Vagal Pathways for Microbiome-Brain-Gut Axis Communication

  • Paul Forsythe
  • John BienenstockEmail author
  • Wolfgang A. Kunze
Part of the Advances in Experimental Medicine and Biology book series (AEMB, volume 817)


There is now strong evidence from animal studies that gut microorganism can activate the vagus nerve and that such activation plays a critical role in mediating effects on the brain and behaviour. The vagus appears to differentiate between non-pathogenic and potentially pathogenic bacteria even in the absence of overt inflammation and vagal pathways mediate signals that can induce both anxiogenic and anxiolytic effects, depending on the nature of the stimulus. Certain vagal signals from the gut can instigate an anti-inflammatory reflex with afferent signals to the brain activating an efferent response, releasing mediators including acetylcholine that, through an interaction with immune cells, attenuates inflammation. This immunomodulatory role of the vagus nerve may also have consequences for modulation of brain function and mood.

What is currently lacking are relevant data on the electrophysiology of the system. Certainly, important advances in our understanding of the gut-brain and microbiome- gut-brain axis will come from studies of how distinct microbial and nutritional stimuli activate the vagus and the nature of the signals transmitted to the brain that lead to differential changes in the neurochemistry of the brain and behaviour.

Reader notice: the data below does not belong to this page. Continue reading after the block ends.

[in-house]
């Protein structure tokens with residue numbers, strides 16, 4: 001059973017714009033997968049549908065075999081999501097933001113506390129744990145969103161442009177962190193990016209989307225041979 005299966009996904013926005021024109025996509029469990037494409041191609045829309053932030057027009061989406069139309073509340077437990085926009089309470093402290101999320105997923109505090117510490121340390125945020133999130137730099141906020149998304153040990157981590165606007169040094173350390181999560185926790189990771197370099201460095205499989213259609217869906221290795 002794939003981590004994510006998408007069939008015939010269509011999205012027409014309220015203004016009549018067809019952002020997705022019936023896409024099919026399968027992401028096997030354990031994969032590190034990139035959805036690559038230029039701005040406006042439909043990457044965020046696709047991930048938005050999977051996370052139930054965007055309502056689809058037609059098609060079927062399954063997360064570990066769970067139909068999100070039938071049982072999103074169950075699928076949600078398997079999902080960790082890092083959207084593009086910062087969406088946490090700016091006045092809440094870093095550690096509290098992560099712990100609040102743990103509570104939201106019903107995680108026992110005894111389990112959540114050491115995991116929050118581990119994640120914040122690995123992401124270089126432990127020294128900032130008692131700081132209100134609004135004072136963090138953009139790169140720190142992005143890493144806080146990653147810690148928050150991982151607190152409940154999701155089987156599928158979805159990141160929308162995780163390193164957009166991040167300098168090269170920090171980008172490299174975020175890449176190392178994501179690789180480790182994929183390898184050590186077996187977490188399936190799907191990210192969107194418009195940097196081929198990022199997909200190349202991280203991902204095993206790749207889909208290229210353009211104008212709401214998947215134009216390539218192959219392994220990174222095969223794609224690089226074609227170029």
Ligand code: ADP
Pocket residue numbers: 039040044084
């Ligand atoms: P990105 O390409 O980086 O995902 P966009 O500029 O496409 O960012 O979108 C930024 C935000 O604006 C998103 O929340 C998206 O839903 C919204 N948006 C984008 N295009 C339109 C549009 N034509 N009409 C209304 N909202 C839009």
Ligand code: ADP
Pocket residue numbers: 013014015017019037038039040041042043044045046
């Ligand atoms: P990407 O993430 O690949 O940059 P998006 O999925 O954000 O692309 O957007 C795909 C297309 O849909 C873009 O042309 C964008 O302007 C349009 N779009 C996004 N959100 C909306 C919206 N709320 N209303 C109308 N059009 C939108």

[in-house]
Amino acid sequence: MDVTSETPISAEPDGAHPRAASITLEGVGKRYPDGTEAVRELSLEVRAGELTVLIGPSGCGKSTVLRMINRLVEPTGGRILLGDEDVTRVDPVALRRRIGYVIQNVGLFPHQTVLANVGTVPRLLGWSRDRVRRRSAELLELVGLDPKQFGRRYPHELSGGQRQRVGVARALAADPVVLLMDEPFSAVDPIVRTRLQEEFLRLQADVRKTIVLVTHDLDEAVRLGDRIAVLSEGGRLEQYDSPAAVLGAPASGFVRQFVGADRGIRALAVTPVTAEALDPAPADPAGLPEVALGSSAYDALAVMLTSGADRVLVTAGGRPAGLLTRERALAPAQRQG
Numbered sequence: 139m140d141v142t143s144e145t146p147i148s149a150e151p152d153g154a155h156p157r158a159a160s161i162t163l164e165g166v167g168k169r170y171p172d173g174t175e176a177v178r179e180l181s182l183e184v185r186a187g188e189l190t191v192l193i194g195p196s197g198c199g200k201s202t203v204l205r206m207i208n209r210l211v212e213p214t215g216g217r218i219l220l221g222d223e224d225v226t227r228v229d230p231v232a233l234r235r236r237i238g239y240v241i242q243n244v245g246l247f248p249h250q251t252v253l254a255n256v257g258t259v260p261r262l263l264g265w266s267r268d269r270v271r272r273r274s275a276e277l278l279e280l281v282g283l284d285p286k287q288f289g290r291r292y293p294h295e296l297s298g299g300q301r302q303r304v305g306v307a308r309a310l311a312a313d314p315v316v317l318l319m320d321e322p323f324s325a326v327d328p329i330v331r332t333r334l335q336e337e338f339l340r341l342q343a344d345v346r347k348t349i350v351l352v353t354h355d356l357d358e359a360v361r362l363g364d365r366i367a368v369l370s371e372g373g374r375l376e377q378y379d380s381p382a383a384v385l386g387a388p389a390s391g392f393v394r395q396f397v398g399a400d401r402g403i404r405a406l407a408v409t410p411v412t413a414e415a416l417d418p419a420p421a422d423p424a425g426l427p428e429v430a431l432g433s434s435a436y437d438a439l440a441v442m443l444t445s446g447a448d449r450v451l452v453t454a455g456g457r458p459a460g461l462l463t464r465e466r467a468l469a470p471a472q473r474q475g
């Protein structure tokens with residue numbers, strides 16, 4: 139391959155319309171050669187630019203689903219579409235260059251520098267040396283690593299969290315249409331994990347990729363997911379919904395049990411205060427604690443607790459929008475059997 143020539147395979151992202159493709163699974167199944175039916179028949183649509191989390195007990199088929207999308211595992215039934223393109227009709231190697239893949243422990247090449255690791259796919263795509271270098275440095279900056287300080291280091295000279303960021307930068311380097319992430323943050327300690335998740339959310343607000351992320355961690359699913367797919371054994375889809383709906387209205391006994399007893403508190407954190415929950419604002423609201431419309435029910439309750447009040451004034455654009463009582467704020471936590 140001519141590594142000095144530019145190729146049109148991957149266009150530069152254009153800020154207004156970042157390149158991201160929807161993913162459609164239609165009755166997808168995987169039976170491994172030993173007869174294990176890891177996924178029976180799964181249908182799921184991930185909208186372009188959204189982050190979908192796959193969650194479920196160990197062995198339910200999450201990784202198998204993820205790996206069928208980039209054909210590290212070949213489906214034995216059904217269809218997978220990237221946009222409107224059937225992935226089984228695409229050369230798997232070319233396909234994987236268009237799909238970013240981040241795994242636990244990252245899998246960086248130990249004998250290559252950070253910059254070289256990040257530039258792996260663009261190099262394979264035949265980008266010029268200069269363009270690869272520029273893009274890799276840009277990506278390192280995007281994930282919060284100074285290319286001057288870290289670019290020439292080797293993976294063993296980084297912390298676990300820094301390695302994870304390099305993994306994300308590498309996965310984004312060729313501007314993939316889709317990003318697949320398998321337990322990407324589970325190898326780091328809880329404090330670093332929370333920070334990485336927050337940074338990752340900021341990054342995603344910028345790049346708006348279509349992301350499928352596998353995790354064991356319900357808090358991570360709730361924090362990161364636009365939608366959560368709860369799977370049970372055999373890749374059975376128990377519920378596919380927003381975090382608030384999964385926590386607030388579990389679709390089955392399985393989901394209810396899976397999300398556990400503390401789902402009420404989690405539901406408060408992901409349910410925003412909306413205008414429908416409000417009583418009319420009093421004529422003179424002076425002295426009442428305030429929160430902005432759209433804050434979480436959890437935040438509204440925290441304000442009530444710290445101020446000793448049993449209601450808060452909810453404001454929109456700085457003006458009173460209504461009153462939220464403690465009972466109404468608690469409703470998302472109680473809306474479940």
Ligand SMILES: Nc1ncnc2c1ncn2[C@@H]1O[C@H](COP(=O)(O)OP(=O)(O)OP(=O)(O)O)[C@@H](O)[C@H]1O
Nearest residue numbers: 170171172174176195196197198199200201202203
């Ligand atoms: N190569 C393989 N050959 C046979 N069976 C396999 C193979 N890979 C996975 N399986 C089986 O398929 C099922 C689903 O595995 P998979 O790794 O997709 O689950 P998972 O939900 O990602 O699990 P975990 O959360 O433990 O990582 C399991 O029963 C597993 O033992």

Understanding the induction and transmission of signals in the vagus nerve may have important implications for the development of microbial-or nutrition based therapeutic strategies for mood disorders.


Vagus Nerve Enteric Nervous System Vagal Nerve Stimulation Vagal Afferents Renal Sympathetic Nerve Activity 
These keywords were added by machine and not by the authors. This process is experimental and the keywords may be updated as the learning algorithm improves.





Adenosine triphosphate




Central nervous system


Corticotropin-releasing factor


Docosahexaenoic acid


Dorsal root ganglia


Dextran sodium sulfate


Enteric nervous system


Eicosapentaenoic acid


Food and Drug Administration


Gamma-aminobutyric acid




Glucagon-like peptide-1




Inflammatory bowel disease


Intraganglionic laminar vagal afferent ending


Calcium dependent potassium channel


Intrinsic primary afferent neuron




Major depressive disorder


Messenger RNA


Nucleus of the solitary tract




Polyunsaturated fatty acids


Peptide YY


Tumor necrosis factor


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Copyright information

© Springer New York 2014

Authors and Affiliations

  • Paul Forsythe
    • 1
  • John Bienenstock
    • 2
    Email author
  • Wolfgang A. Kunze
    • 3
  1. 1.Medicine, McMaster UniversityHamiltonCanada
  2. 2.Pathology and Molecular Medicine, Brain Body InstituteMcMaster University, St. Joseph’s HealthcareHamiltonCanada
  3. 3.Psychiatry and Behavioural NeuroscienceSt. Joseph HealthcareHamiltonCanada

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